Emergency Health

As a result of the fight against ISIL between 2014 and 2017, the capacity of the national health system became severely overstretched and had difficulties in meeting the health needs of internally displaced persons (IDPs), returnees and host communities.
The limited availability of primary health-care (PHC) services, the lack of sufficient trained health personnel, the destroyed or inadequate health-care infrastructure and shortages of medicines and medical supplies weakened the health system.

The Iraqi Ministry of Health (MoH) needs support to ensure health coverage for all vulnerable populations and mitigate the impact of the conflict on the public health system.

IDPs live in precarious conditions in camps and informal settlements. These communities face poor hygiene and sanitation conditions, limited access to adequate PHC services, including maternal and child health care, inadequate nutrition and insufficient preventive and curative health care for communicable diseases. Areas of return, especially those in conflict-affected communities, face similar challenges, with communities and returnees unable to access adequate health services.

These factors contribute to increased spread and risk of communicable diseases, such as tuberculosis and cholera. In response to the health needs in Iraq, IOM’s Emergency Health (EH) unit expanded its capacity, going from 20 staff in four northern governorates in 2014 to 590 staff distributed across 14 governorates in 2018.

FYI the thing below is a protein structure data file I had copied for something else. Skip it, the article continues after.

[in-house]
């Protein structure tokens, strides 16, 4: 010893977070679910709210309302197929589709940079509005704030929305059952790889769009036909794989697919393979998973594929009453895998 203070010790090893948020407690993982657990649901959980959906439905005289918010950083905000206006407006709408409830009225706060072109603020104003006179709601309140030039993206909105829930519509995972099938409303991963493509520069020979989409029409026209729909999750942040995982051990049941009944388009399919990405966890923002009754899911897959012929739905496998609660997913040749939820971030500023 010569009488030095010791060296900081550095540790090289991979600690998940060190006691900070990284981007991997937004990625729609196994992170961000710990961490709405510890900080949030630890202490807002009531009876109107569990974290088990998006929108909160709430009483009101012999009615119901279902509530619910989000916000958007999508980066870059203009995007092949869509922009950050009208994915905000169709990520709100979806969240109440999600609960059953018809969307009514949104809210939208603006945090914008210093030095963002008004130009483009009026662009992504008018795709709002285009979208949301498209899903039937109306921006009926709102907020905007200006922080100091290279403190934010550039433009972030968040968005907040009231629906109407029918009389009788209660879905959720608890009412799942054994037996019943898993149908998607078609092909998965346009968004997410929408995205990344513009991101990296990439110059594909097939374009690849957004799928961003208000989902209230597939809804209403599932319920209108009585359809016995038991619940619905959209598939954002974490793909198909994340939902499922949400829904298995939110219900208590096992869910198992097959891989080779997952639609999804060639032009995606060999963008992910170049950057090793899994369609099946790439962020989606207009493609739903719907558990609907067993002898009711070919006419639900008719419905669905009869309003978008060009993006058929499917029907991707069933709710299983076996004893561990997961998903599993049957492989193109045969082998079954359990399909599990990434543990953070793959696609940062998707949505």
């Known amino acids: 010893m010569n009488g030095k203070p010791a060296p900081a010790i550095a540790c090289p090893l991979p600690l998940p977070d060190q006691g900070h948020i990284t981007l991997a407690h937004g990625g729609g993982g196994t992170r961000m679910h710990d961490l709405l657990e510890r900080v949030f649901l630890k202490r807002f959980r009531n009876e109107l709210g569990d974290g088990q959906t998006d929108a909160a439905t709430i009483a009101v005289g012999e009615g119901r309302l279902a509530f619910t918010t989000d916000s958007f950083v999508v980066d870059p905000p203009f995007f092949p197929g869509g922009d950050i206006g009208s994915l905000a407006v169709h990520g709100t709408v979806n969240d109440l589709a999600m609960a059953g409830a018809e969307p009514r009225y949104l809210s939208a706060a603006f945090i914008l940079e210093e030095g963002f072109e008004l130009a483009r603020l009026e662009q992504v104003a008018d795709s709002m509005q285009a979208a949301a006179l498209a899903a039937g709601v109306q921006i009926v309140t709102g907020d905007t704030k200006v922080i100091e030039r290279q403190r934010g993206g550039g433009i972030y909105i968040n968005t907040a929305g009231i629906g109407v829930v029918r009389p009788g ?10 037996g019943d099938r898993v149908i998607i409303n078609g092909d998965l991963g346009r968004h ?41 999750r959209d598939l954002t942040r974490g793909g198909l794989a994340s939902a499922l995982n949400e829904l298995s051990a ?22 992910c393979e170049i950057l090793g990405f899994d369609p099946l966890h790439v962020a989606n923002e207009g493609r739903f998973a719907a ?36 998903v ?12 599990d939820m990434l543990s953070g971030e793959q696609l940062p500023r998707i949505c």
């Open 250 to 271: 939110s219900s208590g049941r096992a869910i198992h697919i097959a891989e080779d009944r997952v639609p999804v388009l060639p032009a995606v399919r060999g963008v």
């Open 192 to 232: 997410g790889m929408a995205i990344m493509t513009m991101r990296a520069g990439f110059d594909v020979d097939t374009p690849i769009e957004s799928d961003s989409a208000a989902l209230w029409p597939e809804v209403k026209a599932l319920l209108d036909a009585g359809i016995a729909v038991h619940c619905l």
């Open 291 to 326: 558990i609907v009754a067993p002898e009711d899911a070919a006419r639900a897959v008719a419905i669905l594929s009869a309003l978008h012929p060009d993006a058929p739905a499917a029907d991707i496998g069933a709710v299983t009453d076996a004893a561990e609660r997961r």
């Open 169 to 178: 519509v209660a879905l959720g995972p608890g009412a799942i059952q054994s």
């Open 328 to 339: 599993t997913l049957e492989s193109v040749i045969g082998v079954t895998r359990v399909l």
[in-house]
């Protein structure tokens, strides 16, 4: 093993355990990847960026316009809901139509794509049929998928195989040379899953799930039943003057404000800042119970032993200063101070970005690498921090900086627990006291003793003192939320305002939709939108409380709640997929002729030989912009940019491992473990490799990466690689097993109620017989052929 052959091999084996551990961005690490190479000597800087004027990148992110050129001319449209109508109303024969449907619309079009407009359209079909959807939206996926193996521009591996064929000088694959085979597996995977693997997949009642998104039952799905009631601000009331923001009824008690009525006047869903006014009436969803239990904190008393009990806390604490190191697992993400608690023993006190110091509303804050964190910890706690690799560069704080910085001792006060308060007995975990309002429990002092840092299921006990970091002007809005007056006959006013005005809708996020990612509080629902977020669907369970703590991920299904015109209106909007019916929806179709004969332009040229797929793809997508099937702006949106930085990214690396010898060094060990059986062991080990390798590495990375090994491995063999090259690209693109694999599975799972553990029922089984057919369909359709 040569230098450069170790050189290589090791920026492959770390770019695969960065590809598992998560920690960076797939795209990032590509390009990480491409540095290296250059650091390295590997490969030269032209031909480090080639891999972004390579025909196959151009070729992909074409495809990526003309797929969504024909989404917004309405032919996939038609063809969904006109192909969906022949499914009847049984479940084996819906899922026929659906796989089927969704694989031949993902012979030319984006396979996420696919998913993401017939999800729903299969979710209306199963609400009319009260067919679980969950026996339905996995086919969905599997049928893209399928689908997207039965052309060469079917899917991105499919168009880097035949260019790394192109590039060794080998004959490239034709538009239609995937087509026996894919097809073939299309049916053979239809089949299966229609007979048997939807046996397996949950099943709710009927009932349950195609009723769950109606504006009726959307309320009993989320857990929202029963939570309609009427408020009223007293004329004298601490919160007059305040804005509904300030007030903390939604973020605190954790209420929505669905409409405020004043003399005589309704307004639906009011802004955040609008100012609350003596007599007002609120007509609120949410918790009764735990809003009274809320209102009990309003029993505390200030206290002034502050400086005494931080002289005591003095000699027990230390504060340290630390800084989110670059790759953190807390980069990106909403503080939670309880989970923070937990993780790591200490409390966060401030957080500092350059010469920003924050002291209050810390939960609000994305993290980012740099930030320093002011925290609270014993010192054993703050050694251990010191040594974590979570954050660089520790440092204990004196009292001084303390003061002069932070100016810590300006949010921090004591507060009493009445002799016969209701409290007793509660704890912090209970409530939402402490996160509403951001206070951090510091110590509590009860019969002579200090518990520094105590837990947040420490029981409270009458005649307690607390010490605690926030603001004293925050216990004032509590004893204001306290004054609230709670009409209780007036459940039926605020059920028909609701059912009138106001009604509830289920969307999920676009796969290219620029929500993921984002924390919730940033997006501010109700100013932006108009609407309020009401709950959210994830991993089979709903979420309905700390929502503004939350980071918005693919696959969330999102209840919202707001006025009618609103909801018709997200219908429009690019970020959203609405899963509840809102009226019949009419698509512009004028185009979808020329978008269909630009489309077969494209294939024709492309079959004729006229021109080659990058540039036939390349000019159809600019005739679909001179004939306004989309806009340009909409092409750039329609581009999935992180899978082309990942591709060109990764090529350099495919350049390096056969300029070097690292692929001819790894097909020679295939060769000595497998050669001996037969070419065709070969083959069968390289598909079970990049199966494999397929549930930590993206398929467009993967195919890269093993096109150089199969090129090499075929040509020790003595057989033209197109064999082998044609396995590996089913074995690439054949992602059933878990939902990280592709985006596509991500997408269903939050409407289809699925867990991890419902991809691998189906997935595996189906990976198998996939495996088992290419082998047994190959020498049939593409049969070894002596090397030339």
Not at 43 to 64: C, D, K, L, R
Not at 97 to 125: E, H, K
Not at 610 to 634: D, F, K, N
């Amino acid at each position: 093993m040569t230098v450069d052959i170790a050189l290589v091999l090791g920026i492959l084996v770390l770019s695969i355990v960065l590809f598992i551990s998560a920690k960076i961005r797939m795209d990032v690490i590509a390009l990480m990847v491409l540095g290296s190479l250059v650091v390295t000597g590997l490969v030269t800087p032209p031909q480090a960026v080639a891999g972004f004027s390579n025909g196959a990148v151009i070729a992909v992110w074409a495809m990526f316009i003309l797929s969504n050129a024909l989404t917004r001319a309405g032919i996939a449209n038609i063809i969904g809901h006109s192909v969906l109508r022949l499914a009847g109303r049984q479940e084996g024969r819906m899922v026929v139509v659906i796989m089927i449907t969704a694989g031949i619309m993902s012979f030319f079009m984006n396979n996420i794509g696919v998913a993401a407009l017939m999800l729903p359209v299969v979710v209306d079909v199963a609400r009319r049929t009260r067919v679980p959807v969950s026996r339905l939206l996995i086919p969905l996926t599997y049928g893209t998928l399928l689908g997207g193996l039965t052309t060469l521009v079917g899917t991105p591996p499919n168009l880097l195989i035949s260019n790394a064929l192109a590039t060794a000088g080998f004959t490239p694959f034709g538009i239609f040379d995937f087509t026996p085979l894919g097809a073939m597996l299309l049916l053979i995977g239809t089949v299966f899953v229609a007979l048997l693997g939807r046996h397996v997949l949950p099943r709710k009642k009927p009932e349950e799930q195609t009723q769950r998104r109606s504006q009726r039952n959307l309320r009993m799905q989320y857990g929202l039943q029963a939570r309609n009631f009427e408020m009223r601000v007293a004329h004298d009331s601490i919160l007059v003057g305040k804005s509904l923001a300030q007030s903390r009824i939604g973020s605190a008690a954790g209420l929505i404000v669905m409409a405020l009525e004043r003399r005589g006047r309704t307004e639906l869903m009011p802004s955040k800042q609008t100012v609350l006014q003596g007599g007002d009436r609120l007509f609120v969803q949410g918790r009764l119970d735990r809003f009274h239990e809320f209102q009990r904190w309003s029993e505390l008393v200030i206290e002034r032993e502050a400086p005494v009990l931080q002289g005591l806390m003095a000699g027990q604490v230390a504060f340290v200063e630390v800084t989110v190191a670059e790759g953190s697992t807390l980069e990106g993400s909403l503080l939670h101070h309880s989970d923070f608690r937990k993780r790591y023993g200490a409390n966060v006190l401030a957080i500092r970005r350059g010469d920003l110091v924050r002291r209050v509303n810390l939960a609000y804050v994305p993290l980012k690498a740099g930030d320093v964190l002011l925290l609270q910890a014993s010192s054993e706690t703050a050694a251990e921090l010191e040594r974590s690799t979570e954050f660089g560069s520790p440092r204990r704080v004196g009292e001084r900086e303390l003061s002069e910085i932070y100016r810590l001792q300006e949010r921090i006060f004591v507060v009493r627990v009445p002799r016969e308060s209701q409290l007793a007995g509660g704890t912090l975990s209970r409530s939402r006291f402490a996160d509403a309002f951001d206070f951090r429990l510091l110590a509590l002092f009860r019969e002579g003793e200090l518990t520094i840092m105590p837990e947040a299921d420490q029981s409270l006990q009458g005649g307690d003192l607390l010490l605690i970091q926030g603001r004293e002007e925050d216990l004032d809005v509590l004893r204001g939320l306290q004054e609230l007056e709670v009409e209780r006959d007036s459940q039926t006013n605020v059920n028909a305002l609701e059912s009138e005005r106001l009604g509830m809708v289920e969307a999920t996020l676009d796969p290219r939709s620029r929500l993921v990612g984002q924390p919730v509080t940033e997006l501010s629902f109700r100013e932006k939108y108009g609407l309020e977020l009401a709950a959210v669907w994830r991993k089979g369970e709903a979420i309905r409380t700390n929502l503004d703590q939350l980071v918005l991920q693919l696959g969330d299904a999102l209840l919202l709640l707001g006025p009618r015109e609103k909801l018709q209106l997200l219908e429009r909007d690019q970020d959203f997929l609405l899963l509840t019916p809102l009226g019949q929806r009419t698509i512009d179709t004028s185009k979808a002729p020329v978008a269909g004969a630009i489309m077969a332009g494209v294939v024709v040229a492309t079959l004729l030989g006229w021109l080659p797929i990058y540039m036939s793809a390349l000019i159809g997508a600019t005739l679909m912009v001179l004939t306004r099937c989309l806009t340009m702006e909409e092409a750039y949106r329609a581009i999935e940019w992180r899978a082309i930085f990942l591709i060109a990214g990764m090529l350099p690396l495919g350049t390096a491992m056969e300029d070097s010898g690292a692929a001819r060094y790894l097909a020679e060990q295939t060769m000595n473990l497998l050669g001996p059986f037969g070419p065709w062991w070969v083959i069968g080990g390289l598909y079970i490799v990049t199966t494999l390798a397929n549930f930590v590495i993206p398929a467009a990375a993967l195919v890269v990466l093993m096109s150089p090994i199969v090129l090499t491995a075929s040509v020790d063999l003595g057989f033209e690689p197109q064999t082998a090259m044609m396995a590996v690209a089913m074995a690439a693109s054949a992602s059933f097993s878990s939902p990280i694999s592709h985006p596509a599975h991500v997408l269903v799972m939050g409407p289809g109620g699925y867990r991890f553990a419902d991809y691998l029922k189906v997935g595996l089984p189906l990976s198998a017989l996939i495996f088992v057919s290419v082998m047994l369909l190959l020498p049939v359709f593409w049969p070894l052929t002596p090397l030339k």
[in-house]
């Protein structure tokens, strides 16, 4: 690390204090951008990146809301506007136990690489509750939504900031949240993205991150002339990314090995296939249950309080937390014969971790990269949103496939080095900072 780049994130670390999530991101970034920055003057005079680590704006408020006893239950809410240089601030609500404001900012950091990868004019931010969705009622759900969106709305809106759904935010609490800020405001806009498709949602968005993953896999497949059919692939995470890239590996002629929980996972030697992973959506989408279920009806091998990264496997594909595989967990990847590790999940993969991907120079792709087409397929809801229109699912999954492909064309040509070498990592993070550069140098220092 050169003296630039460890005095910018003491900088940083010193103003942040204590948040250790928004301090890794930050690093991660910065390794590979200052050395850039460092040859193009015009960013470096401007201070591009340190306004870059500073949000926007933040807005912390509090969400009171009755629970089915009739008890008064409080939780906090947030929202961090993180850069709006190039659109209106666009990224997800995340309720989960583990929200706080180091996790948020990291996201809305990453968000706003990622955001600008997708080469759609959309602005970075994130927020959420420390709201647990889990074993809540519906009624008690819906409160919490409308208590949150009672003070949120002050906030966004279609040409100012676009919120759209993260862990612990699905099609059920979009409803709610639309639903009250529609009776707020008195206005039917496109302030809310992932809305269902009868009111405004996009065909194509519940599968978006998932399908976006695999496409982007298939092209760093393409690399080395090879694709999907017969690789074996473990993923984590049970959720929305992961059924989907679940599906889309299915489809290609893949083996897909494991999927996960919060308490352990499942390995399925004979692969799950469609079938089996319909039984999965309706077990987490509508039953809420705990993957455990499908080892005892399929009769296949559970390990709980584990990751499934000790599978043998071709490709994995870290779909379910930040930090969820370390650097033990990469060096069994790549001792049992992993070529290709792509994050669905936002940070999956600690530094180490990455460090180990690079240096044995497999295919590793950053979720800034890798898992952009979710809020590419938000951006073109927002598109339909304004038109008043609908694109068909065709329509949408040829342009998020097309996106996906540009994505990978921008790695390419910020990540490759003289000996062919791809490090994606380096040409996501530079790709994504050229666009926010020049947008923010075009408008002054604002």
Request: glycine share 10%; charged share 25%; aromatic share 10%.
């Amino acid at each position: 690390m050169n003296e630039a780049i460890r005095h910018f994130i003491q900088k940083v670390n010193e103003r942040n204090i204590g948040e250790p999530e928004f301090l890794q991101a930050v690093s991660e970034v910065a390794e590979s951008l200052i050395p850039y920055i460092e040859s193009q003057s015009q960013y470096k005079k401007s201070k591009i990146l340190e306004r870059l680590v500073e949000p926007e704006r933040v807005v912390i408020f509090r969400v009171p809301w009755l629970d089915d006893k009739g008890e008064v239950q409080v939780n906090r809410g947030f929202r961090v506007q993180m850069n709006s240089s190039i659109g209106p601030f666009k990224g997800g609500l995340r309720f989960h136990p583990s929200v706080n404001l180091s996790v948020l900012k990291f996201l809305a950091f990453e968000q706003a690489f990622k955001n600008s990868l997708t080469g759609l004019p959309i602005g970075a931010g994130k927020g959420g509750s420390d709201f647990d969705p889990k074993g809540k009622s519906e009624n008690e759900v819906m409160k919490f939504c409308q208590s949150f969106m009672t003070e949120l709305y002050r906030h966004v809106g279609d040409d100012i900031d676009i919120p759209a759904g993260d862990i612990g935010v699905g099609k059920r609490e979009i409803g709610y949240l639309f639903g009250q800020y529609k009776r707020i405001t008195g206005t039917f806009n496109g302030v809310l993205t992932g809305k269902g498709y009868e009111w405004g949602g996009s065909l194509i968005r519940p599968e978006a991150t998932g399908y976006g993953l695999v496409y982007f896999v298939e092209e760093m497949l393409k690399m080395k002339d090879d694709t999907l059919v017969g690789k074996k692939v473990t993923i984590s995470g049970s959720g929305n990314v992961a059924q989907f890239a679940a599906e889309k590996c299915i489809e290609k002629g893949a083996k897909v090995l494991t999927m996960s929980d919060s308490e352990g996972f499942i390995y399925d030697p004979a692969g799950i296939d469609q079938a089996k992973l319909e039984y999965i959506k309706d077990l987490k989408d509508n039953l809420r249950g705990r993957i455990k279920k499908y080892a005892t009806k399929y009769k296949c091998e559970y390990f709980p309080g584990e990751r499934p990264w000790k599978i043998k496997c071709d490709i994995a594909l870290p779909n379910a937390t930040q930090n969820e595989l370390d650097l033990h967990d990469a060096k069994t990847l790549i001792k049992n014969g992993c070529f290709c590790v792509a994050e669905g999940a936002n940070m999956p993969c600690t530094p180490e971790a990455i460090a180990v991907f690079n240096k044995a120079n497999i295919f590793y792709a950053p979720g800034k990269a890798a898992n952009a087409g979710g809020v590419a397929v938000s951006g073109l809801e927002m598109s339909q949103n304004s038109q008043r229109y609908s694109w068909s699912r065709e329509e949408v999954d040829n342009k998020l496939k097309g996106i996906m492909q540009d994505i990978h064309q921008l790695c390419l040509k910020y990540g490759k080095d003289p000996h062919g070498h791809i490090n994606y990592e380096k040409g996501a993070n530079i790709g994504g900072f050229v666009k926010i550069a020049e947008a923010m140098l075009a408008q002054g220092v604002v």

The EH unit supported access to primary and secondary health-care services through the following services:

  • 1 Field Hospital in East Mosul (2017)
  • 26 Mobile Medical Teams
  • 4 Mobile Medical Clinics
  • 10 Static Clinics in Camps
  • 10 Upgraded DOH Health Facilities
  • 20 Health Facilities Supported with Equipment and Supplies
  • Emergency and Non-emergency Referrals

Main activities of MMTs and static clinics

  • Provide PHC consultations
  • Provide specialized maternal and child health care
  • Participate in the early warning response system (EWARN) managed by the MoH and the World Health Organization (WHO) to prevent outbreaks of communicable diseases
  • Facilitating referral of selected cases to secondary specialized services
  • Raise awareness to promote health among IDPs and host communities
  • Provide psychosocial support to tuberculosis patients and their families
  • Train health-care staff
  • Procure and distribute medication (Erbil/Baghdad)
  • Supporting National Tuberculosis Programme (NTP) in tuberculosis prevention, screening and treatment

IOM Iraq Health Programs

Achievements in health from 2014 to July 2018